Use this URL to cite or link to this record in EThOS: http://ethos.bl.uk/OrderDetails.do?uin=uk.bl.ethos.664376
Title: The experiences of fathers who found childbirth traumatic
Author: Etheridge, Jody
ISNI:       0000 0004 5363 2108
Awarding Body: University of Liverpool
Current Institution: University of Liverpool
Date of Award: 2014
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Abstract:
This thesis takes as its focus the experiences of men who attend childbirth; presenting a meta-synthesis of literature on the experiences of fathers in routine delivery before moving on to an empirical paper researching the experiences of fathers who have experienced childbirth as traumatic. Chapter One presents a meta-synthesis of empirical research into fathers’ experiences of being present at the birth of their child. The trend for men’s presence at childbirth and the early literature are discussed. A systematic literature search and meta-ethnographic approach to synthesis are described. The paper draws together common themes and metaphors from eleven qualitative studies into a synthesis regarding what fathers view as significant aspects of their experience at childbirth. The findings are discussed with regard to masculine ideologies, constructs of roles, self-efficacy and the role of maternity services in caring for fathers. Consideration is given to births which men may find difficult, which leads to Chapter Two. Chapter Two is an empirical paper exploring the experiences of men who found the childbirth traumatic. A qualitative methodology was employed using semi-structured interviews and template analysis, drawing out aspects of men’s experiences, coping strategies and the subsequent impact of trauma on their lives. The findings are discussed in terms of psychological constructs, particularly theories of stress and coping. The paper contributes to the existing literature through highlighting new findings as to how fathers experience and try to cope with a traumatic birth. Consideration is given to the clinical implications of the research and suggestions for further research are offered. Both papers were prepared for publication: the literature review for the International Journal of Nursing Studies and the empirical paper for the Journal of Clinical Psychology in Medical Settings.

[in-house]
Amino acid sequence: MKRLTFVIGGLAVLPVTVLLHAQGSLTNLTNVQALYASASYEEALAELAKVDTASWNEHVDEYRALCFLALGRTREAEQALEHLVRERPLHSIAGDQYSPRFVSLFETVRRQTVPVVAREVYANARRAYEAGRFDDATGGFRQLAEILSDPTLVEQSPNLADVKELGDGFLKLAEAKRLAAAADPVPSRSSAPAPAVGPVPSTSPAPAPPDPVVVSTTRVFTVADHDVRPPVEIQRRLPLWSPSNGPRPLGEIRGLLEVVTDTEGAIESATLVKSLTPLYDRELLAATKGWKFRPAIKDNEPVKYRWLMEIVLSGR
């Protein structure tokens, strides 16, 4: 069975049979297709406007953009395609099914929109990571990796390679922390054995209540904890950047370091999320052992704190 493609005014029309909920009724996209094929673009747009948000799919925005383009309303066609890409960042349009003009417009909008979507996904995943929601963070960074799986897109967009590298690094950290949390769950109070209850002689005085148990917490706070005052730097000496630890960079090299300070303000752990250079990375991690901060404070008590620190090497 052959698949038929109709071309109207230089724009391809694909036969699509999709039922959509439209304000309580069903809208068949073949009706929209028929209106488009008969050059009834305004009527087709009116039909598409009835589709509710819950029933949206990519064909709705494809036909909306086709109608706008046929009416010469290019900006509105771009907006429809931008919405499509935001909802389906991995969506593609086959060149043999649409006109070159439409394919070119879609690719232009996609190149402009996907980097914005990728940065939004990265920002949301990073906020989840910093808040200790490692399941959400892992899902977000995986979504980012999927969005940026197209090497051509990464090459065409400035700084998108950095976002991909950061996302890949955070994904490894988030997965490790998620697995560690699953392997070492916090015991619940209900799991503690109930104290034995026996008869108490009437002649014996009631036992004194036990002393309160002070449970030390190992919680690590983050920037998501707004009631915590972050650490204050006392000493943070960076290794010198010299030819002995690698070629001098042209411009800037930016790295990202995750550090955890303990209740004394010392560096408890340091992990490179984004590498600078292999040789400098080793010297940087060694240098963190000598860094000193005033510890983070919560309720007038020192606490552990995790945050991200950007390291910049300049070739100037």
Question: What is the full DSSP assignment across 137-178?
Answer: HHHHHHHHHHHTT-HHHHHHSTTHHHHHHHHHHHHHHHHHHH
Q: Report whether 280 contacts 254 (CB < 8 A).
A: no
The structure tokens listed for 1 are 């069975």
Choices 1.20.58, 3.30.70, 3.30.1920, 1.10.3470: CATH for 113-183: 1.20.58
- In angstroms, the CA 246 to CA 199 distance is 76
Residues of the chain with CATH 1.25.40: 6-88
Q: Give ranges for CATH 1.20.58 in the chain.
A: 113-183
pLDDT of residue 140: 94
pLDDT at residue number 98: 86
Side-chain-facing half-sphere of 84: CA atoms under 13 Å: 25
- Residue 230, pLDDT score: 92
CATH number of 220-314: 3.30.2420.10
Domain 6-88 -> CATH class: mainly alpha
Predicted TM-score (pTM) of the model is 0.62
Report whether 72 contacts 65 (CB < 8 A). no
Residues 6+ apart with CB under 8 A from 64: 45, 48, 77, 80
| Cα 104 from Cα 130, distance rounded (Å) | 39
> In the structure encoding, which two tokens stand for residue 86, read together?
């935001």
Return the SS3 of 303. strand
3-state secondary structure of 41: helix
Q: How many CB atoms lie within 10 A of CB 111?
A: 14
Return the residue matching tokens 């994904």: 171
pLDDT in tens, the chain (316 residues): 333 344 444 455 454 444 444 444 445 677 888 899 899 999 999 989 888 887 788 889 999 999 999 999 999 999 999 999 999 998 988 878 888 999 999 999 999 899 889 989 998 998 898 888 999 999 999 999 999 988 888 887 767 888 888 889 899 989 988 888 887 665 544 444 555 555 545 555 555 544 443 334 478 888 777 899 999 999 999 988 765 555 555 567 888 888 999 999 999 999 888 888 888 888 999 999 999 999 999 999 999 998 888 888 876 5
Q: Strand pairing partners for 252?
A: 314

Supervisor: Not available Sponsor: Not available
Qualification Name: Thesis (D.Clin.Psy.) Qualification Level: Doctoral
EThOS ID: uk.bl.ethos.664376  DOI: Not available
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